It’s been over a week since I attended my alma mater’s Graduate School Alumni Day. The theme for the event was “Community and Collaboration” and brought in students from all the graduate programs–including library and information science, social work, and management. The talks focused on how collaboration in the community can help to develop meaningful positive change.
While the idea of going beyond my familiar area of expertise can sometimes be uncomfortable, I also recognize that reaching out also holds the great potential for something incredible to occur. Trying something different can both demonstrate and help to foster change in a community. I saw a presentation about the D.C Public Library’s hiring of a social worker to work with the homeless population and library staff. Alums for multiple programs (library science and social work were both strongly represented) attended, and we were invited to discuss these complicated issues in mixed groups.
While it was challenging at first to reach out across experiences and disciplines, it was exciting to be involved in the discussion. I think it can be hard to find situations like the one described, but I believe it’s important to develop those relationships because they help to highlight challenges and begin the process of finding ways to address them. While the D.C. library’s still seeing where this initiative will take them, I think the decision to try this helps place the library in the community. By being involved in the community, the library both demonstrates its worth and helps to strengthen the community.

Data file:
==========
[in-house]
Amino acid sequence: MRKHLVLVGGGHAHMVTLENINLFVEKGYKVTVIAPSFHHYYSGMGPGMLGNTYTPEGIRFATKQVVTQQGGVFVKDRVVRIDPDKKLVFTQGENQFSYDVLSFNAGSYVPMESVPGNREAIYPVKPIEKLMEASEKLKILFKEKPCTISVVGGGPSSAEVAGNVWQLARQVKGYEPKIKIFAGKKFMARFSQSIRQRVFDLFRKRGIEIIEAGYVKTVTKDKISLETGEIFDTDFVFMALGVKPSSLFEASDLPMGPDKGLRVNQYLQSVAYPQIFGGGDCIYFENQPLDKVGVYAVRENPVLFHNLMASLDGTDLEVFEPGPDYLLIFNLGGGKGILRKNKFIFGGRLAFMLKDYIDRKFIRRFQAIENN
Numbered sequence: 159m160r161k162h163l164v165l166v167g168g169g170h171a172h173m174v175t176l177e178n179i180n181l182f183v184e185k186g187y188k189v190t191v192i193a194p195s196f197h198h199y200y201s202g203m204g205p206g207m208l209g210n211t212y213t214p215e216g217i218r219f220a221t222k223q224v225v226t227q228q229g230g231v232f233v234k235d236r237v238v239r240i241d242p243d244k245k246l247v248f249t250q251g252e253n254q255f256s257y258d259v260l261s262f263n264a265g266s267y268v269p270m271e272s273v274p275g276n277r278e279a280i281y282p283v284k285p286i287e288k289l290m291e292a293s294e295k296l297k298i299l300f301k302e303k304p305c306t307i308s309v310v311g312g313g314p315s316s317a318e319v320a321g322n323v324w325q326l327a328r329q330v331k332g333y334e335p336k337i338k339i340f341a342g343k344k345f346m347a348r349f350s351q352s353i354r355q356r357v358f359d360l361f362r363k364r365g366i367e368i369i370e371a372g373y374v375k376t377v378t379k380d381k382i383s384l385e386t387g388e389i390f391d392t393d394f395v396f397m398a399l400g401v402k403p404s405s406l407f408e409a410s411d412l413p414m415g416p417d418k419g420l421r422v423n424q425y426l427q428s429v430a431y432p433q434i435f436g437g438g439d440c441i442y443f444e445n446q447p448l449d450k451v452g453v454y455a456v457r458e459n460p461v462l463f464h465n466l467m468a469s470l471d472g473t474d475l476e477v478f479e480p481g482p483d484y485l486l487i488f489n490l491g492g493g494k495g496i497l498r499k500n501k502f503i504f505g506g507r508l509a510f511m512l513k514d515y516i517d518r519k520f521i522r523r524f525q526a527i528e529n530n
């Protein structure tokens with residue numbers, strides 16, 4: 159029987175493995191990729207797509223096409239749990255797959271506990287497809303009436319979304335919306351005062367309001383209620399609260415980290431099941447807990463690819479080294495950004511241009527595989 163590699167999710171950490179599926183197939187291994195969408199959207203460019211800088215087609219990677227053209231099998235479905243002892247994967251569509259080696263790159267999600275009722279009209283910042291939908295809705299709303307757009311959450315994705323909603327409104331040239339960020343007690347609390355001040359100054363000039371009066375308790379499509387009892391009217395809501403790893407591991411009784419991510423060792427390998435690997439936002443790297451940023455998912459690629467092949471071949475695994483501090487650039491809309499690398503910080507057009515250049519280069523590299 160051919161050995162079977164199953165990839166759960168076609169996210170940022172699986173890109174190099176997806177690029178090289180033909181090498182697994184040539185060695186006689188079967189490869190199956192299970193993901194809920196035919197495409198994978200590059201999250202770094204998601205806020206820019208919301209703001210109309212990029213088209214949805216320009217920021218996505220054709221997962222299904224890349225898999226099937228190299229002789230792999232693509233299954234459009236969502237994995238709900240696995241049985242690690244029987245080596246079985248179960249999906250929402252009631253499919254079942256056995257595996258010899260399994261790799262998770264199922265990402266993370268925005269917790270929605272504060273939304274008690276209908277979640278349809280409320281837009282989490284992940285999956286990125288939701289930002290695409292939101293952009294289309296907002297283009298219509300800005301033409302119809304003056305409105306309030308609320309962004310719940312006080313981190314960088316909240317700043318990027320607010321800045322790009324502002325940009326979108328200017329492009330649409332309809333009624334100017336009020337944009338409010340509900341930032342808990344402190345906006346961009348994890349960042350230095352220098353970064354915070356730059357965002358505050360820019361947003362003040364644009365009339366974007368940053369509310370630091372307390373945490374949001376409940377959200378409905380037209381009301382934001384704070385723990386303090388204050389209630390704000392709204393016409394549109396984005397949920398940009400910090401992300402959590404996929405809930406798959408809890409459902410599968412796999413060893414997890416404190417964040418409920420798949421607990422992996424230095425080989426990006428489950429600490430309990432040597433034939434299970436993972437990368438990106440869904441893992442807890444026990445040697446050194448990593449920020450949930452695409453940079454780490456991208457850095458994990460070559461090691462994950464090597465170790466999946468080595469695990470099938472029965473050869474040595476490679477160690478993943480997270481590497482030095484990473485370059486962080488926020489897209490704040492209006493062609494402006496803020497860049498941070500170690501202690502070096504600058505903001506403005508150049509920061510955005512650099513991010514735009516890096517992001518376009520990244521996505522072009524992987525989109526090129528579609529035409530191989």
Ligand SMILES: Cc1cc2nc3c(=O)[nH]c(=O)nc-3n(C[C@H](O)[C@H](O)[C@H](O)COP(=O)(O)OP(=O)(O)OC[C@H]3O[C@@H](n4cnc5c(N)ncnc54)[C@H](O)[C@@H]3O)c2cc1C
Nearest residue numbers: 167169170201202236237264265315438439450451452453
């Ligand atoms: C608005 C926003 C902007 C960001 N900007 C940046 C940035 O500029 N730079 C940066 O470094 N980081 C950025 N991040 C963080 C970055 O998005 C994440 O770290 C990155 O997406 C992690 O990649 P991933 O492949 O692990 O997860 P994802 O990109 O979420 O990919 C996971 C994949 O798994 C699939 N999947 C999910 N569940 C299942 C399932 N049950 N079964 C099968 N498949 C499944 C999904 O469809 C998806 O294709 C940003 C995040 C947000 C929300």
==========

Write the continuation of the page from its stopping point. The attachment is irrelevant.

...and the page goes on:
This talk made me wonder about community collaboration from an academic library perspective. As a new librarian, I have always been impressed with the outreach academic librarians do; I have read and heard about librarians seeking partnerships with academic departments as well as the writing centers or sports departments ( the example here was help sessions for athletes). It made me ask what else we could try to integrate the library into the community fabric. How do we create forums for interdepartmental and interdisciplinary conversations? How could we utilize our spaces and knowledge to form new partnerships?
What I’m trying to say that I’m impressed with what has come out of community connections, and I would like to see further explorations. Information is such an essential part of the world, and libraries have a great potential to be right in the center of so many questions. I can’t wait to see how libraries will continue to connect in their communities!